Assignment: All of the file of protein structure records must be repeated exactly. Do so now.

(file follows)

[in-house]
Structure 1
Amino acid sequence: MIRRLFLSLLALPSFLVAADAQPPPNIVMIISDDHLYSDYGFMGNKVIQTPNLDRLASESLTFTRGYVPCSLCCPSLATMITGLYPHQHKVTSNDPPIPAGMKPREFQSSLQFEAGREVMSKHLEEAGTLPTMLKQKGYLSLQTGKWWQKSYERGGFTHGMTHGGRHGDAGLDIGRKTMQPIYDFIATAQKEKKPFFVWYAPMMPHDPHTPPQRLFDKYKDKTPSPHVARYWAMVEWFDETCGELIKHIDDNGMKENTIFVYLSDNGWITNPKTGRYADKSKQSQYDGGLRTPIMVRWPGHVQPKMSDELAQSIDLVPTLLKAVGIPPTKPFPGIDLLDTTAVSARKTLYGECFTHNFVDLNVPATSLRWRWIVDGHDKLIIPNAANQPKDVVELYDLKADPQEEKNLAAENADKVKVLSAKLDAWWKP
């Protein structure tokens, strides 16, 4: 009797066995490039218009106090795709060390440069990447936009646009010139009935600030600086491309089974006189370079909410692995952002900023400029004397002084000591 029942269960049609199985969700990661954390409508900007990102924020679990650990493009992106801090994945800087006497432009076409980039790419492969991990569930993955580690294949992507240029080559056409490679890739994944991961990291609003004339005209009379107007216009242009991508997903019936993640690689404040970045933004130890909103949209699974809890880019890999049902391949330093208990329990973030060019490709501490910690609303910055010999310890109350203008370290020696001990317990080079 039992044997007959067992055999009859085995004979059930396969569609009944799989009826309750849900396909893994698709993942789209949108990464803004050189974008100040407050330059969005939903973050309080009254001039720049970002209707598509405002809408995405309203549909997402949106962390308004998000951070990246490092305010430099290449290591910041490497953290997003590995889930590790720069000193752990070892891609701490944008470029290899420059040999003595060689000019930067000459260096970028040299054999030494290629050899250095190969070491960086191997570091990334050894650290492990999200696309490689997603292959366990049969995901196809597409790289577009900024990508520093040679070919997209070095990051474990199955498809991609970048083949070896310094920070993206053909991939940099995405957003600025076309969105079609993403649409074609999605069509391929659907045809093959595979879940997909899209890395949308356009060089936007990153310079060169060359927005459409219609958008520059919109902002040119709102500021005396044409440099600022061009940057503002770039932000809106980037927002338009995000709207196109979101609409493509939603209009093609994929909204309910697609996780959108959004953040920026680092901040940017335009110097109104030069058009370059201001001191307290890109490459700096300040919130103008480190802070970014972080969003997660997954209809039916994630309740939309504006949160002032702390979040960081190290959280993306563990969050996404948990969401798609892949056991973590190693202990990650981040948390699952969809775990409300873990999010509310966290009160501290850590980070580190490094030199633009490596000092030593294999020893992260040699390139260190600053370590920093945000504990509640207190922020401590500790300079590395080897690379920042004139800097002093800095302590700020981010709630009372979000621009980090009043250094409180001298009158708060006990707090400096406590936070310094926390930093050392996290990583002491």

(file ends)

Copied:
[in-house]
Structure 1
Amino acid sequence: MIRRLFLSLLALPSFLVAADAQPPPNIVMIISDDHLYSDYGFMGNKVIQTPNLDRLASESLTFTRGYVPCSLCCPSLATMITGLYPHQHKVTSNDPPIPAGMKPREFQSSLQFEAGREVMSKHLEEAGTLPTMLKQKGYLSLQTGKWWQKSYERGGFTHGMTHGGRHGDAGLDIGRKTMQPIYDFIATAQKEKKPFFVWYAPMMPHDPHTPPQRLFDKYKDKTPSPHVARYWAMVEWFDETCGELIKHIDDNGMKENTIFVYLSDNGWITNPKTGRYADKSKQSQYDGGLRTPIMVRWPGHVQPKMSDELAQSIDLVPTLLKAVGIPPTKPFPGIDLLDTTAVSARKTLYGECFTHNFVDLNVPATSLRWRWIVDGHDKLIIPNAANQPKDVVELYDLKADPQEEKNLAAENADKVKVLSAKLDAWWKP
């Protein structure tokens, strides 16, 4: 009797066995490039218009106090795709060390440069990447936009646009010139009935600030600086491309089974006189370079909410692995952002900023400029004397002084000591 029942269960049609199985969700990661954390409508900007990102924020679990650990493009992106801090994945800087006497432009076409980039790419492969991990569930993955580690294949992507240029080559056409490679890739994944991961990291609003004339005209009379107007216009242009991508997903019936993640690689404040970045933004130890909103949209699974809890880019890999049902391949330093208990329990973030060019490709501490910690609303910055010999310890109350203008370290020696001990317990080079 039992044997007959067992055999009859085995004979059930396969569609009944799989009826309750849900396909893994698709993942789209949108990464803004050189974008100040407050330059969005939903973050309080009254001039720049970002209707598509405002809408995405309203549909997402949106962390308004998000951070990246490092305010430099290449290591910041490497953290997003590995889930590790720069000193752990070892891609701490944008470029290899420059040999003595060689000019930067000459260096970028040299054999030494290629050899250095190969070491960086191997570091990334050894650290492990999200696309490689997603292959366990049969995901196809597409790289577009900024990508520093040679070919997209070095990051474990199955498809991609970048083949070896310094920070993206053909991939940099995405957003600025076309969105079609993403649409074609999605069509391929659907045809093959595979879940997909899209890395949308356009060089936007990153310079060169060359927005459409219609958008520059919109902002040119709102500021005396044409440099600022061009940057503002770039932000809106980037927002338009995000709207196109979101609409493509939603209009093609994929909204309910697609996780959108959004953040920026680092901040940017335009110097109104030069058009370059201001001191307290890109490459700096300040919130103008480190802070970014972080969003997660997954209809039916994630309740939309504006949160002032702390979040960081190290959280993306563990969050996404948990969401798609892949056991973590190693202990990650981040948390699952969809775990409300873990999010509310966290009160501290850590980070580190490094030199633009490596000092030593294999020893992260040699390139260190600053370590920093945000504990509640207190922020401590500790300079590395080897690379920042004139800097002093800095302590700020981010709630009372979000621009980090009043250094409180001298009158708060006990707090400096406590936070310094926390930093050392996290990583002491």